- Stores that do not accept cash are on the rise, from quick-service lunch spots to Amazon‘s Go stores.
- Not accepting cash can speed up lines and make life easier for card-carrying consumers.
- But a backlash has grown, as the cashless trend leaves out lower-income customers who may not have a bank account.
- Massachusetts, Philadelphia, and New Jersey have already barred stores from rejecting cash as payment, and New York City and San Francisco are considering similar measures.
- This could affect the growth of Amazon‘s physical stores, which do not accept cash.
Cashless stores are becoming controversial.
Stores that do not accept cash are on the rise, from quick-service lunch spots to Amazon’s physical stores. Not accepting cash can speed up lines or eliminate them altogether, making life easier for card-carrying consumers.
Not everybody is on board with this cashless utopia, however. Backlash has started, as the cashless trend leaves out lower-income customers who may not have a bank account. As of last year, an estimated 15.6 million people in the US do not have a bank account.
Philadelphia barred stores from choosing not to accept cash in early March, becoming the first US city to do so.
“Most of the people who don’t have credit tend to be lower income, minority, immigrants. It just seemed to me, if not intentional, at least a form of discrimination,” Philadelphia City Councilman William Greenlee told the Wall Street Journal.
New Jersey later followed with its own measure, which Governor Phil Murphy signed into law on March 18.
“This idea of ‘we don’t want to accept cash’ just marginalizes the poor, young people who haven’t established credit yet, people who prefer to pay in cash,” Assemblyman Paul Moriarty, a sponsor of the bill, told WNYC.
Massachusetts is something of a first mover on this issue, having barred stores from rejecting cash as payment for decades.
A ban like this would predominantly affect chic lunch spots like Sweetgreen, but also Amazon’s nascent physical store footprint. None of Amazon’s stores accept cash unless required by law.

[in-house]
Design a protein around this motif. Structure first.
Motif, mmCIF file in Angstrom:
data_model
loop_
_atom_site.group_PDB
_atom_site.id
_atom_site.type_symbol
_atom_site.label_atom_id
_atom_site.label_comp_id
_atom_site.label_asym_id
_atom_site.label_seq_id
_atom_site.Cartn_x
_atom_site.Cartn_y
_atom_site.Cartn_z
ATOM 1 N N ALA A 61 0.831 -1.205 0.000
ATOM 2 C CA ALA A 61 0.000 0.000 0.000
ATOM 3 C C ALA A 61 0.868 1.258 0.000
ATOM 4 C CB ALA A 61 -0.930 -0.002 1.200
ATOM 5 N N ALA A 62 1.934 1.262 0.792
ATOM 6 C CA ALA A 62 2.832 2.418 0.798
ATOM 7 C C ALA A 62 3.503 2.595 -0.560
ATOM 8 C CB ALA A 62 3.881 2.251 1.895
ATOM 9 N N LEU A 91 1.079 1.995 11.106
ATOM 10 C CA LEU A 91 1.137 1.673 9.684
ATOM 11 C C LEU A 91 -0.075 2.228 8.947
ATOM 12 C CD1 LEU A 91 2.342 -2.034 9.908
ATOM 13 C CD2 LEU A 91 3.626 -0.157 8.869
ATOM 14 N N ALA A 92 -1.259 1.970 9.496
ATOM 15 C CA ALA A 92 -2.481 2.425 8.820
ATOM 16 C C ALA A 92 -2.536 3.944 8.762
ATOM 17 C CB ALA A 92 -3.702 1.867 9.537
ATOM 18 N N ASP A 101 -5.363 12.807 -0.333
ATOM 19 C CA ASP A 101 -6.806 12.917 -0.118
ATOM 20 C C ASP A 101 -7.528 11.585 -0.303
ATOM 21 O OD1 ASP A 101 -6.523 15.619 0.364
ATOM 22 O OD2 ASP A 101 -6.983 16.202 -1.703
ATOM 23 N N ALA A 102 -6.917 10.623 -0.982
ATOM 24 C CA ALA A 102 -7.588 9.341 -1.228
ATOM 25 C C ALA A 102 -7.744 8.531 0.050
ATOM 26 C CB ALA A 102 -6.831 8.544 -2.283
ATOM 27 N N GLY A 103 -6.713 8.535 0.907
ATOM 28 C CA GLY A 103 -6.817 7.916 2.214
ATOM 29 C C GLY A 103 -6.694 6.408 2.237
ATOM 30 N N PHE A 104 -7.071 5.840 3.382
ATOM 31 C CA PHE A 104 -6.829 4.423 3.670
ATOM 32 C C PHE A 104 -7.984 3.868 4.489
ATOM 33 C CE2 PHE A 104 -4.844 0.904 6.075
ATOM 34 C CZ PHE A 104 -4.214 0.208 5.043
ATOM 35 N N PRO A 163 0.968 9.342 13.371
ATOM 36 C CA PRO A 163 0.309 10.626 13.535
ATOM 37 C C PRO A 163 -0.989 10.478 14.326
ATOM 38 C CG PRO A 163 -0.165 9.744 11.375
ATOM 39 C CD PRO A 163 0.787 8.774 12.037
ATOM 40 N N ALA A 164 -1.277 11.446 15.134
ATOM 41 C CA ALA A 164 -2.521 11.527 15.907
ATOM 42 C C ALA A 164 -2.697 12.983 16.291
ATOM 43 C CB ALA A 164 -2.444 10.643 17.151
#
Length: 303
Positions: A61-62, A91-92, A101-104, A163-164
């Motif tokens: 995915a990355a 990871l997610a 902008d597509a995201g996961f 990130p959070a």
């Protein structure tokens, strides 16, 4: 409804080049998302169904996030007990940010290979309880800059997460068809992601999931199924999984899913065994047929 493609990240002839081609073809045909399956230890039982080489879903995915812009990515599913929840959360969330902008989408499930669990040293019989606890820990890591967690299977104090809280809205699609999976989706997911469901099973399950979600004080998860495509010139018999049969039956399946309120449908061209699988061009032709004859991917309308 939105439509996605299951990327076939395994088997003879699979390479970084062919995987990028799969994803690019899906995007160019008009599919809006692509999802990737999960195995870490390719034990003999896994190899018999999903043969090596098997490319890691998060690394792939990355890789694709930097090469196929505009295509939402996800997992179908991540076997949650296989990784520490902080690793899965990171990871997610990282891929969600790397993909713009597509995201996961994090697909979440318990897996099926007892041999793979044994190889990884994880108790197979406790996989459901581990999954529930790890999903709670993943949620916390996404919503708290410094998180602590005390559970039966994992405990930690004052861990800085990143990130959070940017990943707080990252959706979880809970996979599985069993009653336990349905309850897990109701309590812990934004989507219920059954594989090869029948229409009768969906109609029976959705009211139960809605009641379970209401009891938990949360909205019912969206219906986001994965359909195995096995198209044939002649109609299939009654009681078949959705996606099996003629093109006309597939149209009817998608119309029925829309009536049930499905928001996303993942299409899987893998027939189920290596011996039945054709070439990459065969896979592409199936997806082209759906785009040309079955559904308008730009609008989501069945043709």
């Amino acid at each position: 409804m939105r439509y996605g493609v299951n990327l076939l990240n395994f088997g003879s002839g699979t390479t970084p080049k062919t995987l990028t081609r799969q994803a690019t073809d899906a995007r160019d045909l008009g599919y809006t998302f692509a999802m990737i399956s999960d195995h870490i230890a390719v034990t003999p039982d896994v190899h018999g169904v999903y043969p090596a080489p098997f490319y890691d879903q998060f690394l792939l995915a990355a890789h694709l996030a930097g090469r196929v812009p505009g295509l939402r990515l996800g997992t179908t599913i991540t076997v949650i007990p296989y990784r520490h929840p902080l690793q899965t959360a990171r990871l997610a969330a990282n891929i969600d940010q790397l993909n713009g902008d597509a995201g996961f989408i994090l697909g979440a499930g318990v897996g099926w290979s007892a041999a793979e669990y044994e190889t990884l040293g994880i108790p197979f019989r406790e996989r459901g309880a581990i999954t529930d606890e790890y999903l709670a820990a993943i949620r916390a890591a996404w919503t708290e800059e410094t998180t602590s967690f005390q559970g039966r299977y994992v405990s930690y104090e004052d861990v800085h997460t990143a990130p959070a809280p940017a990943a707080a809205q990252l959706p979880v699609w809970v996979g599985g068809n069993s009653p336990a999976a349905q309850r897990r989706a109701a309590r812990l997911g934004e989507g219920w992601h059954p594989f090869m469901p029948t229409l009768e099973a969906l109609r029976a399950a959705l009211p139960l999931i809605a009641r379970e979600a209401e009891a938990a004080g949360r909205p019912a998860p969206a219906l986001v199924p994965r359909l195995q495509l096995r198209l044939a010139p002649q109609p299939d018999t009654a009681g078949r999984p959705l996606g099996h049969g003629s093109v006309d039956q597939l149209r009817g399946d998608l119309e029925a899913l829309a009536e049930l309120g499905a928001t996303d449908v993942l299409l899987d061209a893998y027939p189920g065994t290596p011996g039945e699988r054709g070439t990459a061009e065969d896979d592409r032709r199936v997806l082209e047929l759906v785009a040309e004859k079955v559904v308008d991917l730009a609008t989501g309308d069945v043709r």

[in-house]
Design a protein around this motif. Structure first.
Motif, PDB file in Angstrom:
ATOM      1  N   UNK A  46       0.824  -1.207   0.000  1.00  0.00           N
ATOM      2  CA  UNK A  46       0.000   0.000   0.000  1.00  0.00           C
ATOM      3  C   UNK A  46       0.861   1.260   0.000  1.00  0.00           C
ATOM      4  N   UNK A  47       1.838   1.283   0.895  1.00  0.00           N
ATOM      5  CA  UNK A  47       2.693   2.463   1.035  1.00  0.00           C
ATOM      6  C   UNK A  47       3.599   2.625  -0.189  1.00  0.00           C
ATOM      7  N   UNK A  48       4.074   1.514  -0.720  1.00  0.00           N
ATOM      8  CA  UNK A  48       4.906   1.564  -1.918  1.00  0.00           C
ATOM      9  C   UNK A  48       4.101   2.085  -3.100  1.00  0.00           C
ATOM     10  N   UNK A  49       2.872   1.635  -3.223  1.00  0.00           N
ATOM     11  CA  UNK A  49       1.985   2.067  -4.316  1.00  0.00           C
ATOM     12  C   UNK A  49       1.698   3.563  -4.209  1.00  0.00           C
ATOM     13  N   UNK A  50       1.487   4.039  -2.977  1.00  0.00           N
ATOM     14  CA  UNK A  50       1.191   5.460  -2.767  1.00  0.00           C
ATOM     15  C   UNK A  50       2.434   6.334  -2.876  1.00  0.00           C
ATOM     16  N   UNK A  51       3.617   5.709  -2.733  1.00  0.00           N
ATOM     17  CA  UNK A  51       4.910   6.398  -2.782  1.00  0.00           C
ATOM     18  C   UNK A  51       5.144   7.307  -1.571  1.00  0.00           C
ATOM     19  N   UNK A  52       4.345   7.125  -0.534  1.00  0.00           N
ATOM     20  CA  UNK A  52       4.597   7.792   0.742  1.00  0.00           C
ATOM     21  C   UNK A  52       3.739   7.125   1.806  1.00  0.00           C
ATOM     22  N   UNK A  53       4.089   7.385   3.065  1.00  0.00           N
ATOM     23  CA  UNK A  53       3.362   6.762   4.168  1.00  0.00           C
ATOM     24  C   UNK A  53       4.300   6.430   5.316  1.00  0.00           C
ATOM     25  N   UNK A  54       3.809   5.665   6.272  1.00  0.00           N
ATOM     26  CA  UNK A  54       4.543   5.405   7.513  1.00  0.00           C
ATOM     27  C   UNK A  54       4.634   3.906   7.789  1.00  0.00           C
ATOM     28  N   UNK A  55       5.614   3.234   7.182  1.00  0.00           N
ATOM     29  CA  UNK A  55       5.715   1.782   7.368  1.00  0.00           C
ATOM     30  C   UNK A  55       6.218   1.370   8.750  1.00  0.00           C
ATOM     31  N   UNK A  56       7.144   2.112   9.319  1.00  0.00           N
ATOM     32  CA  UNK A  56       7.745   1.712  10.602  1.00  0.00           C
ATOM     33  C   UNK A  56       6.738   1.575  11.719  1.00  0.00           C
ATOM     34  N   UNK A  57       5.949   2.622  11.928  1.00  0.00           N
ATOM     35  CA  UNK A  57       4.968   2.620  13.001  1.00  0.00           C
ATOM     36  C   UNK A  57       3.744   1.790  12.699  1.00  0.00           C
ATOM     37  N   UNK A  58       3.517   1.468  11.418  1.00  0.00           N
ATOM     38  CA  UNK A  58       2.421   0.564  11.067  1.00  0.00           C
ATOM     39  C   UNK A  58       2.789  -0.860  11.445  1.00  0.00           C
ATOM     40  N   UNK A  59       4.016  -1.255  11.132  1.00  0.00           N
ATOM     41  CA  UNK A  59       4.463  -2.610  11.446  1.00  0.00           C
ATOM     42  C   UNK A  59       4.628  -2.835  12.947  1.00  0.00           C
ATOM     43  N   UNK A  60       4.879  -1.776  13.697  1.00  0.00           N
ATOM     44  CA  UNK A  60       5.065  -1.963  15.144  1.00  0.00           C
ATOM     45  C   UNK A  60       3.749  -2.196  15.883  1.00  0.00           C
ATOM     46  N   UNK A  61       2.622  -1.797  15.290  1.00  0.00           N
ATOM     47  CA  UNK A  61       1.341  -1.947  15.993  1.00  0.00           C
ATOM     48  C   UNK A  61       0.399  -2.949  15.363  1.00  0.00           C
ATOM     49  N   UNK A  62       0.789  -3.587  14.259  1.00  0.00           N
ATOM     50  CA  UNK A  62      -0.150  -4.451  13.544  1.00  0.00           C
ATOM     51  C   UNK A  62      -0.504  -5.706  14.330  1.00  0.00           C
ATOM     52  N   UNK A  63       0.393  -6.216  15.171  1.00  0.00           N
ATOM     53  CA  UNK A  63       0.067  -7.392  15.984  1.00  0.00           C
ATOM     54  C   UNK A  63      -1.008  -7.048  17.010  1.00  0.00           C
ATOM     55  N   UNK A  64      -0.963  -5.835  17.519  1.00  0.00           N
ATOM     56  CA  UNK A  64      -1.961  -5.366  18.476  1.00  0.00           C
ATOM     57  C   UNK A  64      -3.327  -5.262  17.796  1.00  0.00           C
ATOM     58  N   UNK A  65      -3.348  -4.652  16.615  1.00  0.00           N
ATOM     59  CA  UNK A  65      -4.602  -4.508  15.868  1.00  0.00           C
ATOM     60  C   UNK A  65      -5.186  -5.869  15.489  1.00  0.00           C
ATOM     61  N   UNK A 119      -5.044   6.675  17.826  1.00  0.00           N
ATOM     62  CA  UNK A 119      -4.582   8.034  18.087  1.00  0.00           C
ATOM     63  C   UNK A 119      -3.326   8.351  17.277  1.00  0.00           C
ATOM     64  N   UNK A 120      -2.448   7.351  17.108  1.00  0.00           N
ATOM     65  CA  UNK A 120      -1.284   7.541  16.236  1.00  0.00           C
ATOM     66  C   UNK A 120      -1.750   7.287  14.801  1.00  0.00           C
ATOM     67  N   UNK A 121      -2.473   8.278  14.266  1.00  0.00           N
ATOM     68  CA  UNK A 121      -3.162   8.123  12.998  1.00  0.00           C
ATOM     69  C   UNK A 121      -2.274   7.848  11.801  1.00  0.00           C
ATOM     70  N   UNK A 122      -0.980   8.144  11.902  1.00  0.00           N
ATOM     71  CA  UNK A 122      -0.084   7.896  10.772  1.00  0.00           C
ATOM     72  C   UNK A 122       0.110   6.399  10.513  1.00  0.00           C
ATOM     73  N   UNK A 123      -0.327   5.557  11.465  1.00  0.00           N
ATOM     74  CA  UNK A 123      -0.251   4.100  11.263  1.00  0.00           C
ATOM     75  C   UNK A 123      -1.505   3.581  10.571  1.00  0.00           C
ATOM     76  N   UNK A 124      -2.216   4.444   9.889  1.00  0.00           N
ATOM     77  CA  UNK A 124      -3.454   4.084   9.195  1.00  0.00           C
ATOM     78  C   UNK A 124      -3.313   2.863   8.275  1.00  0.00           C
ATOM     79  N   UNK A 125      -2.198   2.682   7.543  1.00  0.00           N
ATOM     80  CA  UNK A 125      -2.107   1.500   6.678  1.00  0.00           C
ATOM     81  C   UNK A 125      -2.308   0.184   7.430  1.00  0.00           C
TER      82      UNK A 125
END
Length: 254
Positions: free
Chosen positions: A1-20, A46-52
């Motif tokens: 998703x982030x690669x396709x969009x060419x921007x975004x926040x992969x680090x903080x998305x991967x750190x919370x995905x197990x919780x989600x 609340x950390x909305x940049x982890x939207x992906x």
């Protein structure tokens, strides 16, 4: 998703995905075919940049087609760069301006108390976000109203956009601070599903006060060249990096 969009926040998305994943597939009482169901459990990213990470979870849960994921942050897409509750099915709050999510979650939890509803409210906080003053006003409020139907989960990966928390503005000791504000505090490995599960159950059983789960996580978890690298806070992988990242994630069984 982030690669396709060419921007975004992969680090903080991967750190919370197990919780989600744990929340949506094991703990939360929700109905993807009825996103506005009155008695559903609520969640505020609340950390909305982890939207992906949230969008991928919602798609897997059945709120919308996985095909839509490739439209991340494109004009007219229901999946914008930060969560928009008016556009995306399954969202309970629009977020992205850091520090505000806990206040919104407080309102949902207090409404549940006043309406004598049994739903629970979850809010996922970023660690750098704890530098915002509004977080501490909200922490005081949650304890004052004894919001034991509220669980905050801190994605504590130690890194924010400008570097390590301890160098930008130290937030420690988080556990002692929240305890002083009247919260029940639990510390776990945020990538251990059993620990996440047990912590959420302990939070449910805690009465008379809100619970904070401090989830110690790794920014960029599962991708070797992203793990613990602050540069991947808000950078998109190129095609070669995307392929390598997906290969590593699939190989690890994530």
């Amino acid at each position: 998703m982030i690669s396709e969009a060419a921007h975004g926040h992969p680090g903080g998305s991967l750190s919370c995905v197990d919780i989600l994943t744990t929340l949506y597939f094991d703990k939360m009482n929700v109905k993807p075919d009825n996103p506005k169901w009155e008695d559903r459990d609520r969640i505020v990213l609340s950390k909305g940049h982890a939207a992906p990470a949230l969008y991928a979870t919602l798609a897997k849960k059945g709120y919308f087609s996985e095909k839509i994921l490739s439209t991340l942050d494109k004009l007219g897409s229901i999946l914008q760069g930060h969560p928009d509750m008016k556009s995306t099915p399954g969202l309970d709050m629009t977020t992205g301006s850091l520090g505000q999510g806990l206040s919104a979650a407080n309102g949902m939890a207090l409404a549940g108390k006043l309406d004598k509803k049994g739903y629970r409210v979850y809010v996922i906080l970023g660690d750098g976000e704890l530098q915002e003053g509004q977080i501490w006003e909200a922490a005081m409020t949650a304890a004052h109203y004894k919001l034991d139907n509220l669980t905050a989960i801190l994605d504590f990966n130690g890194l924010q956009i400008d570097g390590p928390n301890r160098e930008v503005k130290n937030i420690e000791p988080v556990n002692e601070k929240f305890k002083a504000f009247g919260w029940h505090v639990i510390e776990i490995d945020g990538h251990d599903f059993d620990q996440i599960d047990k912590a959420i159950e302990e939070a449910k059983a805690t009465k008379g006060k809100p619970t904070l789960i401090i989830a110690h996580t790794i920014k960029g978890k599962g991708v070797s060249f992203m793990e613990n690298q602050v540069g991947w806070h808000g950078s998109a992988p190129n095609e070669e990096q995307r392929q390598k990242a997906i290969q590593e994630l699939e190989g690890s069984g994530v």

In fact, the whole point of Amazon Go, the chain’s tech-powered cashierless convenience store, is that there’s no need to pay a cashier. Customers can just swipe their app and go. The store’s cameras and sensors will see what you take and charge you accordingly.
If it becomes law, San Francisco’s measure is likely to have the biggest impact on Amazon, as the company operates two Go stores in the city and has a third on the way. An exception for Amazon was removed in the most recent version of the bill.
“They can afford it,” District Five Supervisor Vallie Brown said in a San Francisco Board of Supervisors meeting.
An Amazon spokesperson declined to comment to Business Insider.
Amazon had reportedly expressed concern about the law in Philadelphia, telling the city’s department of commerce “several times” that it would not open an Amazon Go store in the city if the law passed, according to the Philadelphia Inquirer.
Philadelphia’s law also intended to leave a loophole for Amazon.
The new law does allow for a store to use only app-based transactions, but only if a paid membership is required to shop there. You don’t need a paid Prime membership to shop at Amazon’s Go stores – only an Amazon account – eliminating the potential for a loophole.